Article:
I modeled my placeholders inside 3ds Max in its most basic and rough forms. In Unreal Engine, I tested my modular pieces to check if they were aligned and snapped correctly with each other and made some changes if needed. This also was my first-hand experience with Unreal Engine 5, and the first impression began with that you don’t have to worry about baking and lightmaps – it still provides such clean results.
Then, I set up a few static cameras to capture different parts of the environment. Although later, it required some adjustments to the environment layout in order to establish the shots in a compositional way. After the foundation had been laid out, I knew that I was going in the right direction and could focus on asset creation from there.
Asset Production Workflow
Right before the start of the project, I already decided that I would advance to Unreal Engine 5 because of how promising their latest techs and features in this version look. This can partly affect the workflow of asset creation as with the Nanite feature, theoretically, I could go for unlimited triangle counts for the geometry. Nevertheless, I still opted for more common approaches in producing my assets, which are more practical and applicable for different procedures. I used the mid poly approach and high-to-low poly workflow and I’ll elaborate on each of these approaches below.
Mid Poly Approach
The mid-poly approach centers around Face Weighted Normals (FWN), which is a technique that improves the shading of the model. To be more specific, it initially adds bevels then alters the Vertex Normals to smoothen the shading of these bevel faces, rather than across the entire model. It’s extremely impactful as it helps render highlights on the edges caught from light sources, which greatly improves the readability of the model.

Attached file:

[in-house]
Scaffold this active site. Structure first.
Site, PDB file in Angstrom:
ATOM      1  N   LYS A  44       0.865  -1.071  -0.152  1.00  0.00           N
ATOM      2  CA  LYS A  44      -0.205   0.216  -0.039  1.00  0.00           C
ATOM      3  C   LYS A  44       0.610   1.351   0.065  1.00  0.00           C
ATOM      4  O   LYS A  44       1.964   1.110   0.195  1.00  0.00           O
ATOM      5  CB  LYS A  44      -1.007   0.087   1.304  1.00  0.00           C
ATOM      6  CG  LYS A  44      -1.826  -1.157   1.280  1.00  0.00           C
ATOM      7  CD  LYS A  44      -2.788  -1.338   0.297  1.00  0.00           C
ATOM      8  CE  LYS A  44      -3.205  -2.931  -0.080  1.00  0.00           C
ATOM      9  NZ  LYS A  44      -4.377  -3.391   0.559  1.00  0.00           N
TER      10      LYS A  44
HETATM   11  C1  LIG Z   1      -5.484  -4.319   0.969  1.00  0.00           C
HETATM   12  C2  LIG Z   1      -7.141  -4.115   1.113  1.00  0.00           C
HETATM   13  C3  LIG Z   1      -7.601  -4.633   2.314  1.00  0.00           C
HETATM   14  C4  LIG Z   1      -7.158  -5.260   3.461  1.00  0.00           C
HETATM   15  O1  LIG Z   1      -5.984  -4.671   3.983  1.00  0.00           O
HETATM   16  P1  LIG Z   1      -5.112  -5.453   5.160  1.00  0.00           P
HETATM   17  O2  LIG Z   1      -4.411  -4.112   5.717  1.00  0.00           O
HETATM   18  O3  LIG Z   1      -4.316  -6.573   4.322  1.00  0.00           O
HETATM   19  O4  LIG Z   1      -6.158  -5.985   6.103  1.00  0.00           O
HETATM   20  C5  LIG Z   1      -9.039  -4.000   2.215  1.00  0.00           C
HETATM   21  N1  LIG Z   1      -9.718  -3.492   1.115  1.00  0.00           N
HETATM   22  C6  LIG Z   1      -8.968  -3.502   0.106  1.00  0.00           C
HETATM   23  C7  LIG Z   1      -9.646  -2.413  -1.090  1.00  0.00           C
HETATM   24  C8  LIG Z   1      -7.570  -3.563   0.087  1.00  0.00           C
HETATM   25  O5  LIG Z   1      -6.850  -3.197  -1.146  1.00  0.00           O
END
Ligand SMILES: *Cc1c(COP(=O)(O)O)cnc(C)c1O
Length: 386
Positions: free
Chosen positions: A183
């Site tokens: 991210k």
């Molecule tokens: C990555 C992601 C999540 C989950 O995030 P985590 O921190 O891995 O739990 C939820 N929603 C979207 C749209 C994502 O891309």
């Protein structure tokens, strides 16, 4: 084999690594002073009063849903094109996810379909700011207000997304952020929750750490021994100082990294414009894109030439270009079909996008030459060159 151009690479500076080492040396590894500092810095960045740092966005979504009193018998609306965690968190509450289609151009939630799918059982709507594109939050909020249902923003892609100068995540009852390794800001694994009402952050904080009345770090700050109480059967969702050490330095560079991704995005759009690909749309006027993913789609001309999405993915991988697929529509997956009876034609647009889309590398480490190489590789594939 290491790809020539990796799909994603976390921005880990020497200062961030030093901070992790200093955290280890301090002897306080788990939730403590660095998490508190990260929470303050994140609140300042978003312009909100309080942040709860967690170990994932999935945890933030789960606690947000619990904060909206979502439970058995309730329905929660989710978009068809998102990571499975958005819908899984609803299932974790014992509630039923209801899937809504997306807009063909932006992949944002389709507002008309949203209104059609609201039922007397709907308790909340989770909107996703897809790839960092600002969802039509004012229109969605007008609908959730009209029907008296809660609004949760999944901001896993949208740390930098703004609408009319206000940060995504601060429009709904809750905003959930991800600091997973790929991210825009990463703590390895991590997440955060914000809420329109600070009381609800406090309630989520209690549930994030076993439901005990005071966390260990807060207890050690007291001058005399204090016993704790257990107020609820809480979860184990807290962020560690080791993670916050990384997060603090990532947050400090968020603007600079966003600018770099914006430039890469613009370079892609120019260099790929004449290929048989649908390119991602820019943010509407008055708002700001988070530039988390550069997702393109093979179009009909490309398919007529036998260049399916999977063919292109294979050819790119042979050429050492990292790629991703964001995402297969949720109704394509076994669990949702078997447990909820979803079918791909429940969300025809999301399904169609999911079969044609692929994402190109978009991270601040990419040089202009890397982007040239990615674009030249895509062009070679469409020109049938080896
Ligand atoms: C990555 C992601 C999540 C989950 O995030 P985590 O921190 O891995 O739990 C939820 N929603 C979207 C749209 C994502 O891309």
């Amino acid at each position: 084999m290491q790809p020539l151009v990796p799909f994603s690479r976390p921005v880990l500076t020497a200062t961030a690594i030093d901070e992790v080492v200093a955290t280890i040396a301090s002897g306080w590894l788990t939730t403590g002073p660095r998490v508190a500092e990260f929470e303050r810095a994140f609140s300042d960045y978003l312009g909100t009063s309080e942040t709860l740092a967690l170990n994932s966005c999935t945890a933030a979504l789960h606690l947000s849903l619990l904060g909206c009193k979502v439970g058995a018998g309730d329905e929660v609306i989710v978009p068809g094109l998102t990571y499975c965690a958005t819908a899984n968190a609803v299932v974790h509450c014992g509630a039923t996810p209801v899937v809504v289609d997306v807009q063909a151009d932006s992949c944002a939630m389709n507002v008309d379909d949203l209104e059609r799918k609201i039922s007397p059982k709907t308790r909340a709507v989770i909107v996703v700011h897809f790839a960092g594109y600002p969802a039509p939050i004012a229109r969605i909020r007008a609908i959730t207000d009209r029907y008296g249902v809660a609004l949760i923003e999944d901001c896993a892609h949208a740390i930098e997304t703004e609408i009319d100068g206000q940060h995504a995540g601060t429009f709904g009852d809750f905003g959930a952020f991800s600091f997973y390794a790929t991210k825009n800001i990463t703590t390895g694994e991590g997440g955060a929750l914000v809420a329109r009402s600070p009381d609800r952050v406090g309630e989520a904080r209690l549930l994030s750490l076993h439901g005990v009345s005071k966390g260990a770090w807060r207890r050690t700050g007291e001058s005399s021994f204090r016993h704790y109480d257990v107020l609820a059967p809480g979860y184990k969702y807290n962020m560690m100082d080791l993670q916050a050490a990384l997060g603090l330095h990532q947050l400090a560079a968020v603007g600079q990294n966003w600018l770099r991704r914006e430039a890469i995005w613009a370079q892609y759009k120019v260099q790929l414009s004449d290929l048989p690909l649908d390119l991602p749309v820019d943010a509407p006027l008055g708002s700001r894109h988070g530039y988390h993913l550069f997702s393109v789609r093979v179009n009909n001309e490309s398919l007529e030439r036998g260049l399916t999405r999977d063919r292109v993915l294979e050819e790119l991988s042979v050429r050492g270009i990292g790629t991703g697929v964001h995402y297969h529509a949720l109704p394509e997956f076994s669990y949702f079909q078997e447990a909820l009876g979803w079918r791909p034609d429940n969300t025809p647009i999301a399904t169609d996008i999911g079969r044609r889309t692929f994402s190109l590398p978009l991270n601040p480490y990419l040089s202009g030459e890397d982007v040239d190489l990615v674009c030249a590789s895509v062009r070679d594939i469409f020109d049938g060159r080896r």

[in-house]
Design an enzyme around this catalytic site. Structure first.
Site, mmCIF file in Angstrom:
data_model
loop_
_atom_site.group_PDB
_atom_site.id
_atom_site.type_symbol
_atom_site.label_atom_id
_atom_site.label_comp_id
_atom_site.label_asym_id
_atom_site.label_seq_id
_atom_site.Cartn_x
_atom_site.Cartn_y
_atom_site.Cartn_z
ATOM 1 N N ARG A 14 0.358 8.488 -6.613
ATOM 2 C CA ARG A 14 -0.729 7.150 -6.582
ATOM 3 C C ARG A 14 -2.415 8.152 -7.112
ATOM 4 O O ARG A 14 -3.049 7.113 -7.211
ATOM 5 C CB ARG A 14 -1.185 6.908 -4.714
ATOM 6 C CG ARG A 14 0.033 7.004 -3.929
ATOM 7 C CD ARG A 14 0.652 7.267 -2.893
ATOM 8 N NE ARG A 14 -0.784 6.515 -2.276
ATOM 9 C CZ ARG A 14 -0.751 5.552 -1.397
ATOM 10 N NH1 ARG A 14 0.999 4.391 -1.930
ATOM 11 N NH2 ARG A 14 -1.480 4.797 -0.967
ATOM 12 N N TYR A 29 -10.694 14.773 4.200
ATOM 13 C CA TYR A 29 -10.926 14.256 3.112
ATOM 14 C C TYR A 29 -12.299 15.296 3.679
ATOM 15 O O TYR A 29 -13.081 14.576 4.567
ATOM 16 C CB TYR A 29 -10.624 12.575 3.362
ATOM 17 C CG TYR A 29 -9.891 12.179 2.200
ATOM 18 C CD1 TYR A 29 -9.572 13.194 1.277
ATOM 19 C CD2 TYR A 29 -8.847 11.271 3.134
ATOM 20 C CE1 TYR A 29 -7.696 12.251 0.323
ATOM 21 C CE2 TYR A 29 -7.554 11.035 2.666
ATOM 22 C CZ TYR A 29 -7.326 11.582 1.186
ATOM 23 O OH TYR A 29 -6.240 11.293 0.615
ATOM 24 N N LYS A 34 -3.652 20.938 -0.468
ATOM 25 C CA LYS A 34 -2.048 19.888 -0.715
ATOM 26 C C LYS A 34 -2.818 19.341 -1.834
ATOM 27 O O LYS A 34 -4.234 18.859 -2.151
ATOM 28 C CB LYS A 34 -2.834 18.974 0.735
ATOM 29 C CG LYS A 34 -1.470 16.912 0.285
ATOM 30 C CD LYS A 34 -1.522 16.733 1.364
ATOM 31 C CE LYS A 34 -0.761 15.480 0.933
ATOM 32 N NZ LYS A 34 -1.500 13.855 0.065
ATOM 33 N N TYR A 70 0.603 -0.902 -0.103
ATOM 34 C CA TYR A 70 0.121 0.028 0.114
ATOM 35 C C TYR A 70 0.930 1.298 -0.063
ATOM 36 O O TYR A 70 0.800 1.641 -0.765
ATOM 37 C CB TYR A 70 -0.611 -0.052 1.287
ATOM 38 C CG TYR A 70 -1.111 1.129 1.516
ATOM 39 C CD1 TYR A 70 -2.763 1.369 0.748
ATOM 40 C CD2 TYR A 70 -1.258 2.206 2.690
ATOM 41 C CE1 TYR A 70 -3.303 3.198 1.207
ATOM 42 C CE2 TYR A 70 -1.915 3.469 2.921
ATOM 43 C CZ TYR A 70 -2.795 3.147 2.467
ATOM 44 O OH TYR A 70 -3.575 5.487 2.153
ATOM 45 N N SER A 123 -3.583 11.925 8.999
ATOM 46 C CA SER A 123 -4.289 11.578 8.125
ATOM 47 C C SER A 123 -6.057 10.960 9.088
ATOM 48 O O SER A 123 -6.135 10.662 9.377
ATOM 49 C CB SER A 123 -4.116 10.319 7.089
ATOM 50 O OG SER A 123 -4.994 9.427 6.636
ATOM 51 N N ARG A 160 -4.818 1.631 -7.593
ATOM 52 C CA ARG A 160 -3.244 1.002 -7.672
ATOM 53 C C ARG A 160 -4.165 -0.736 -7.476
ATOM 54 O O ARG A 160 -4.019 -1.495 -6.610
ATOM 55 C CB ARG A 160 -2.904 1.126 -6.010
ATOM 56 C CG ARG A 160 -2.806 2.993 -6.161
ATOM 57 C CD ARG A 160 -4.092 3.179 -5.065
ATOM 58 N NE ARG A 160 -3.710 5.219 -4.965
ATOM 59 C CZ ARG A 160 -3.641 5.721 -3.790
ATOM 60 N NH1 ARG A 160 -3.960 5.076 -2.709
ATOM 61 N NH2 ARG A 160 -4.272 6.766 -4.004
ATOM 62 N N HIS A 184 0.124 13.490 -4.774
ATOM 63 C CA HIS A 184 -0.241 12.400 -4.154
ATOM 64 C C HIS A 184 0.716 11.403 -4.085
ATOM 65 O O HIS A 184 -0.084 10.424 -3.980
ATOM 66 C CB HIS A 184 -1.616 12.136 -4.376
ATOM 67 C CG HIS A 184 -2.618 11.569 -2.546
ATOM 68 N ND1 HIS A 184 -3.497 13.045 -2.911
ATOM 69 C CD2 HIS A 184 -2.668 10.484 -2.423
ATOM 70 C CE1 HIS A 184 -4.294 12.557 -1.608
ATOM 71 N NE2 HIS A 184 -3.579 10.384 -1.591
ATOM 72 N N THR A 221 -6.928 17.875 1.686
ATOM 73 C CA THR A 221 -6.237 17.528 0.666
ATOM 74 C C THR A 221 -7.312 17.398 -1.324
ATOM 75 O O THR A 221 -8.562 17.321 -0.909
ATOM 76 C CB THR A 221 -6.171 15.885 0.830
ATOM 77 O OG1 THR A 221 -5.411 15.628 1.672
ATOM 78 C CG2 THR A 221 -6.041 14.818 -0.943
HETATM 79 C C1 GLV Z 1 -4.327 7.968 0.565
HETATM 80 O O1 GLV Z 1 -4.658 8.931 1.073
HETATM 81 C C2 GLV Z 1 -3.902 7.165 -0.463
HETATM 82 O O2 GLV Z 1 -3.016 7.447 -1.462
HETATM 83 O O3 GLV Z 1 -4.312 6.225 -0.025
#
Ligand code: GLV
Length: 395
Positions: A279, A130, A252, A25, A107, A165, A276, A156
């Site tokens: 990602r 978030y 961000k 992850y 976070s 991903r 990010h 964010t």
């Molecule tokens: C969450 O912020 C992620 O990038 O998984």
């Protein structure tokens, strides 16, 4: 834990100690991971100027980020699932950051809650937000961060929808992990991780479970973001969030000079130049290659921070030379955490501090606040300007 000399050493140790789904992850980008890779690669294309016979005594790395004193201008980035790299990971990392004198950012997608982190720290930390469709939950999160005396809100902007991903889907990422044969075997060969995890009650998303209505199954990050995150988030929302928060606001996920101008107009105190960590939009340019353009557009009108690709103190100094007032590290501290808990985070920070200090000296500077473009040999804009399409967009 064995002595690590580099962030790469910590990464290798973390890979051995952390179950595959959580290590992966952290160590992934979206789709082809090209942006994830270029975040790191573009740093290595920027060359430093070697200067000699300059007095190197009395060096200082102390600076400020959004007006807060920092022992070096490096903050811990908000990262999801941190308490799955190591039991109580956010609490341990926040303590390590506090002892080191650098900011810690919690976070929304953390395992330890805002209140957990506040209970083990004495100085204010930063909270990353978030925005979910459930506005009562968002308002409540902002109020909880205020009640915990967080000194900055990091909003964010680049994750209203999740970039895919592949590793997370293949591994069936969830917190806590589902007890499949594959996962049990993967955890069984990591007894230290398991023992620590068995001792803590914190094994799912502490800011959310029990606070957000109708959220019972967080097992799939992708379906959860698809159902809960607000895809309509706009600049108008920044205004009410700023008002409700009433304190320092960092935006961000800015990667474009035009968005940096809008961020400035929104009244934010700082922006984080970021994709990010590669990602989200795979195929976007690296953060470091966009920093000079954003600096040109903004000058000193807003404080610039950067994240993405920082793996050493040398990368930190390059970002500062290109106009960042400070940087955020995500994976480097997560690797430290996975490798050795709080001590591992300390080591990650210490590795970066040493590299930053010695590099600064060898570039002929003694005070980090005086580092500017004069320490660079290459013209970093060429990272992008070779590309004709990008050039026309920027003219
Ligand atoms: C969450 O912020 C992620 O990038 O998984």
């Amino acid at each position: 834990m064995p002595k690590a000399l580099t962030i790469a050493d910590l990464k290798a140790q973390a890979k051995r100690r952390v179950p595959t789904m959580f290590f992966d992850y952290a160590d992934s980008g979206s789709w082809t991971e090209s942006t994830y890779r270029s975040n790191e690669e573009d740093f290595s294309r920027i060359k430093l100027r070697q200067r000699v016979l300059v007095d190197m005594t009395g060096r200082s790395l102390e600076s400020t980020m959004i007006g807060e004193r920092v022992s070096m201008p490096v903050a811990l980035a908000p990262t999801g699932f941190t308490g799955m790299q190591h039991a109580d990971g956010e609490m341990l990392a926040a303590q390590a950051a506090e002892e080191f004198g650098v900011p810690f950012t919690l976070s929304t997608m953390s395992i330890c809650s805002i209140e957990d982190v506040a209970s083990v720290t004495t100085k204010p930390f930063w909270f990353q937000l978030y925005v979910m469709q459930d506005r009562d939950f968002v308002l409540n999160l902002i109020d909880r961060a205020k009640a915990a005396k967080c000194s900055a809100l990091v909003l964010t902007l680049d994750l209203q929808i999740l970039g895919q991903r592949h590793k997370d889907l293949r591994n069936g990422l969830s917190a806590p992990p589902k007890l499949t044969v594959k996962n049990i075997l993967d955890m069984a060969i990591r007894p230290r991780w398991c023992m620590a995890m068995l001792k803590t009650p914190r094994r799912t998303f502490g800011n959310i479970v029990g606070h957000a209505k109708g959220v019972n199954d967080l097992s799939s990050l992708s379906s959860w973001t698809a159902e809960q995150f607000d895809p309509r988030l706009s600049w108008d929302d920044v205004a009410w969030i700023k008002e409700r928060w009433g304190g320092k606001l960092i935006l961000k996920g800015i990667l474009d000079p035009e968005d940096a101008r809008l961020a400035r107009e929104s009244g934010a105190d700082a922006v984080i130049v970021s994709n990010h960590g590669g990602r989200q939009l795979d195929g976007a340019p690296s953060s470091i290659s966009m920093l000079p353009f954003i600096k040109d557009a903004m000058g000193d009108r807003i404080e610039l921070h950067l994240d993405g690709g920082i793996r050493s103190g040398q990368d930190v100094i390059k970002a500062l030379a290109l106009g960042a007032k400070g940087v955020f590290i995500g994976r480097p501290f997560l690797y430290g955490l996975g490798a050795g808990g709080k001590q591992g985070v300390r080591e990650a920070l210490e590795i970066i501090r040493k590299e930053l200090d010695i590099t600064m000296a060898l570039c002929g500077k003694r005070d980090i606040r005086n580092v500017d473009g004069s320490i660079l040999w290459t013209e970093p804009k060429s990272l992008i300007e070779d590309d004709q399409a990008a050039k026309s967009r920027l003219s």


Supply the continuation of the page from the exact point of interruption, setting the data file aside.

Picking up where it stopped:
Sounds complicated but actually, it doesn’t require much extra time to achieve this. There already is a handy 3ds Max plugin by Ben Boscher that does the trick with just a few clicks. Take this ticket machine, for instance – its rough edges get smoothened after applying bevels and FWN, which results in a much more realistic appearance.
It pretty much depends on the characteristics of the props to plan out how I should unwrap their UVs. If the asset requires some features (decals, numbers, etc.) to be placed correctly in certain spots in the UV space, I go for the unique unwrapping method. That means the UV islands would be laid out perfectly with no overlapping across them. This is the most common approach to texturing but it does take time to unwrap and texture assets individually.
On the other hand, if the asset only contains different materials without features or details needed to place uniquely, using Trim Sheets will be a much better option. One of the best series demonstrating the usage of Trim Sheets I come across is YouTube’s tutorials by Tim Simpson. In short, Trim Sheets reduce a huge amount of time and save memory for texturing as they can be reused across different assets while at the same time providing such an efficient way to texture.
In some certain cases, however, it complicates the approach to texturing assets, which requires the combination of both aforementioned methods. I will explain this hybrid method in the latter part of this article.
High-to-Low Poly Approach
Unlike my previous project – The Guardians of Light – this project prioritizes practicing modeling hard-surface objects rather than sculpting and creating organic assets. From the very beginning, I already had in mind that I would choose one intricate and complex industrial object to recreate. This portable generator, eventually, was the object of choice as it is not only deservedly a challenge for me but also would play a part in the storytelling. It could be considered a small project besides the whole big project.